Abstract for: Modeling the impact of decision-making power on trust and success in public schools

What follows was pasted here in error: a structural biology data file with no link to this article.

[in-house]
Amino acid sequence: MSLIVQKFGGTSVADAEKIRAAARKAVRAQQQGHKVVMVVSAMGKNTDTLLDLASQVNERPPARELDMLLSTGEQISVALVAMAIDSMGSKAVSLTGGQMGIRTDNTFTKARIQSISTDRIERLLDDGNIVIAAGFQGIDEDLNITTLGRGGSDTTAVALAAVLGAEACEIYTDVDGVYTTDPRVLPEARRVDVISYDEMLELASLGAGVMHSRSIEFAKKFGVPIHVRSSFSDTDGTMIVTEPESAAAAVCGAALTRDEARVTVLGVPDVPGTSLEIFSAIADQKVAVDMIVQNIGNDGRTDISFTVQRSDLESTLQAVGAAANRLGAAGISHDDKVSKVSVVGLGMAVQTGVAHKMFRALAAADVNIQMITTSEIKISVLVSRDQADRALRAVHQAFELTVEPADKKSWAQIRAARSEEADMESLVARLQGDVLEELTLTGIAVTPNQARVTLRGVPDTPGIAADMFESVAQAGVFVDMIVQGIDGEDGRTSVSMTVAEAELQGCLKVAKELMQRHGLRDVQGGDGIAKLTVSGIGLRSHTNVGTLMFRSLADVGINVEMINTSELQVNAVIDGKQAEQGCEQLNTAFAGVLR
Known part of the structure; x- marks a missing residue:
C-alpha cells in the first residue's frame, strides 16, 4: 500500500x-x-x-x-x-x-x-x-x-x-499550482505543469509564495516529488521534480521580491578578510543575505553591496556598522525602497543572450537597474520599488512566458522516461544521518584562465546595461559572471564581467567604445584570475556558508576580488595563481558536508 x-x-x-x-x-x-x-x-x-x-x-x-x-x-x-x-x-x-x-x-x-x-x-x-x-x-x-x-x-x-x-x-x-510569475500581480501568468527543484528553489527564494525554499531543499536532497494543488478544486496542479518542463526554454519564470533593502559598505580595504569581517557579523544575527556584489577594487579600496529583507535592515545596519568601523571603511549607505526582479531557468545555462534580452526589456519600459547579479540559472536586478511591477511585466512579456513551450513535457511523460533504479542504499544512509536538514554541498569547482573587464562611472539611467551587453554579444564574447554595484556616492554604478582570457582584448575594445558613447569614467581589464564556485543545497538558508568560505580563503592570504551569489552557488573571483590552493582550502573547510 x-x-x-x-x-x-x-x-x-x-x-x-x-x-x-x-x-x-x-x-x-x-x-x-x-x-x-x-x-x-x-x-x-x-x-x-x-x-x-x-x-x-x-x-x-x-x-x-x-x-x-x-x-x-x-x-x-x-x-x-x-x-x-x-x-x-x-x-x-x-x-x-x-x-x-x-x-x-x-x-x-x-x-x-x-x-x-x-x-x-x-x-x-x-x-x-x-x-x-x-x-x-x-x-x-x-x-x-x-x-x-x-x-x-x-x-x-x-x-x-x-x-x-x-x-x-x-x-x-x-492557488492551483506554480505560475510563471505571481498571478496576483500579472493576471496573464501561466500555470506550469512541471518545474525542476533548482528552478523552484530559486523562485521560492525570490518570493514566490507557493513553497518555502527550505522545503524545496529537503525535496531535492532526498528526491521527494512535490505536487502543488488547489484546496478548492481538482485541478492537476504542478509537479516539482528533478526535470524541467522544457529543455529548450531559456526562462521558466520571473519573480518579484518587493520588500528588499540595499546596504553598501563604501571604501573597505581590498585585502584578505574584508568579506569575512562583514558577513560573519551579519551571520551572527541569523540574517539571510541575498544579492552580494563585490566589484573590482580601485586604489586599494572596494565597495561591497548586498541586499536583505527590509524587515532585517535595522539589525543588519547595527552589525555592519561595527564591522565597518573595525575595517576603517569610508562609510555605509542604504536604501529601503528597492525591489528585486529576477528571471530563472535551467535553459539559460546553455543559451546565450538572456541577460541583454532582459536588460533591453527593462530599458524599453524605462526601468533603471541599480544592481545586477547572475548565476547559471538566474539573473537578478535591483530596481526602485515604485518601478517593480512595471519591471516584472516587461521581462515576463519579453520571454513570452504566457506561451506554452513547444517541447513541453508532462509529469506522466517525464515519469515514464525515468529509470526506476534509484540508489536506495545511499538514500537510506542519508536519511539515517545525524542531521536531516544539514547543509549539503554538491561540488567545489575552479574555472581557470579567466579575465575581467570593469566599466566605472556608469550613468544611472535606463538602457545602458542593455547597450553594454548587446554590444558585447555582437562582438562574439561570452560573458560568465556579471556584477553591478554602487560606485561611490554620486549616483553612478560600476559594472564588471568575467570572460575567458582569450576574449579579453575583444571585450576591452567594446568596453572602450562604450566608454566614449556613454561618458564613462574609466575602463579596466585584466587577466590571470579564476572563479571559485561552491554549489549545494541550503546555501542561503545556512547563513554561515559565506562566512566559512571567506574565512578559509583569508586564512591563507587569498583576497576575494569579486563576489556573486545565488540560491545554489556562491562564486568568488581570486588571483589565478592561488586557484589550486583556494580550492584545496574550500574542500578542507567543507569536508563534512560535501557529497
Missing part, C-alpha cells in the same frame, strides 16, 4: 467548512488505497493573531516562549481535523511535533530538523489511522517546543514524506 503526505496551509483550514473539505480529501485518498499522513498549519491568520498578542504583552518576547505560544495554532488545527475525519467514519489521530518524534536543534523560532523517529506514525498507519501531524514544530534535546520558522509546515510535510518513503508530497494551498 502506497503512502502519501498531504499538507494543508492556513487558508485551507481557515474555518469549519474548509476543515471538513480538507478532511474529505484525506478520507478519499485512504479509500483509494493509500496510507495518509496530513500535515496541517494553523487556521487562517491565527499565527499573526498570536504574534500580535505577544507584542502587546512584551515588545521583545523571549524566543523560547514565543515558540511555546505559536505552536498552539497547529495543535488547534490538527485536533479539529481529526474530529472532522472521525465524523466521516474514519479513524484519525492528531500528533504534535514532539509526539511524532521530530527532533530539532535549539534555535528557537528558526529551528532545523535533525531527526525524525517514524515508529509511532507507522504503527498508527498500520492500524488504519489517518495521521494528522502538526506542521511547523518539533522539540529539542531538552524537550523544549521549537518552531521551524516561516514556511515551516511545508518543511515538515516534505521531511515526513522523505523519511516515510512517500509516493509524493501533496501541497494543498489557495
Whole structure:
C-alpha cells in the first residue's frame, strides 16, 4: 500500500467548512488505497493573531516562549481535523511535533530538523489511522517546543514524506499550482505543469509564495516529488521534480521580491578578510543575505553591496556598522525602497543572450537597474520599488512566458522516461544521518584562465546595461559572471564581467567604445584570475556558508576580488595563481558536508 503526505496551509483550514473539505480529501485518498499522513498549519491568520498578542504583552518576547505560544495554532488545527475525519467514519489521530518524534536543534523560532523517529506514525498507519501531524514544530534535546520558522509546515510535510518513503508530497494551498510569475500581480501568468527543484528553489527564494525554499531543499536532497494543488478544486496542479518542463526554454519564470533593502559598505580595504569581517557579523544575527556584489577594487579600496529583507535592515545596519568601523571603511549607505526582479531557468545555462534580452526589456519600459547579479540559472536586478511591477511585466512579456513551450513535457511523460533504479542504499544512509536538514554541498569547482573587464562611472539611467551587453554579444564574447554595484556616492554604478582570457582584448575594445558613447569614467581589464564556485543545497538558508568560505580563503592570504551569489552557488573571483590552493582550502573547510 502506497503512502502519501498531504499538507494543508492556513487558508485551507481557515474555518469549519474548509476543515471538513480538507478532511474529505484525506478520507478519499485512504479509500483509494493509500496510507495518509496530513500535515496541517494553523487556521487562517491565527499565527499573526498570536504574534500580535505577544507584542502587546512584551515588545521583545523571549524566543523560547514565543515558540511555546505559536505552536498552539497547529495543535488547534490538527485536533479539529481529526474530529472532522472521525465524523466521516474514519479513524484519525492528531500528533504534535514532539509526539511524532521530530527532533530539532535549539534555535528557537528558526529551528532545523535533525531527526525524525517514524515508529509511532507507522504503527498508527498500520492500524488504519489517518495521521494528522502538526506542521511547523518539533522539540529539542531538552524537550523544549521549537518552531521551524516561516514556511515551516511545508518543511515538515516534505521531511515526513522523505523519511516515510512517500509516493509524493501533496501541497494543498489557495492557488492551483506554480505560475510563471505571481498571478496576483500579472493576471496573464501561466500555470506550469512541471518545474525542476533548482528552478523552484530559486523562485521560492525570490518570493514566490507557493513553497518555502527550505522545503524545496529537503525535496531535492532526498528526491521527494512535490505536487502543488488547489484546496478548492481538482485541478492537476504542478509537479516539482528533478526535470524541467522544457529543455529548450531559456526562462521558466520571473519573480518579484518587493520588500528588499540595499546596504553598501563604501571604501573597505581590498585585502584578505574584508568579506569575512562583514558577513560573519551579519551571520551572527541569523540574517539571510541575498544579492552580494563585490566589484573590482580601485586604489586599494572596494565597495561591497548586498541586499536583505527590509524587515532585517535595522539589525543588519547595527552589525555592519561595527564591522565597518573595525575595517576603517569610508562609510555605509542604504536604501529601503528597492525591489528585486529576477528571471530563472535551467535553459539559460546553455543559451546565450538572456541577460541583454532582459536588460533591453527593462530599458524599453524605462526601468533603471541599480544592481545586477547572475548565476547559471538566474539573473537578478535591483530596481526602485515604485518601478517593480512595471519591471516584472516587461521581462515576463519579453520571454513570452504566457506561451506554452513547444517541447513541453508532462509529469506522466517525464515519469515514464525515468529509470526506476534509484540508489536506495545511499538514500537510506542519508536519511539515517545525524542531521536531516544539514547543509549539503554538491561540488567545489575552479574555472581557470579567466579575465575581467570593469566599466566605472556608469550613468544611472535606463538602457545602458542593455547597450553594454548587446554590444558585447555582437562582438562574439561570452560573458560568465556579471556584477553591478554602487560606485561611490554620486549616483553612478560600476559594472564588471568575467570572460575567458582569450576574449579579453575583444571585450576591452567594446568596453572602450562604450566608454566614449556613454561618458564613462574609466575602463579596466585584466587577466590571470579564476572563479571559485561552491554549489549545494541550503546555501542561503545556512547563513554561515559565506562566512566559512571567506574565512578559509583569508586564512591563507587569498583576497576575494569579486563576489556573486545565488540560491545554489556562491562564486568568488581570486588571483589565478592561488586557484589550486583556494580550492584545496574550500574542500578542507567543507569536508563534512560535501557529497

The perennial debate about whether an improvement effort should be instituted from the top down (via upper management), or from the bottom up, i.e., delegating responsibilities and resources to the subunits of an organization, can be informed using a modeling approach. There are tradeoffs between the top-down and bottom-up approaches; while handing down a set of directives provides clear objectives and key performance indicators, a uniform approach may not resonate with each subunit. A centralized approach may undermine the trust between the management and subunit levels of an organization without buy-in. Conversely, a bottom-up approach to an organizational problem may be difficult to assess. We aim to model improvement efforts in an organization over time and evaluate the conditions under which a more delegated approach is favorable by varying the levels of bureaucracy and the number of organizational subunits. Thus far, we have conceptualized a generic structure of centralization in an organization over time. We intend to expand and calibrate this model based on real-world data on efforts to increase school enrollments using a Bayesian estimation framework. Then, we plan to test policies intended to improve the chance of an intervention’s success, including methods to increase buy-in, applicability, and measurability.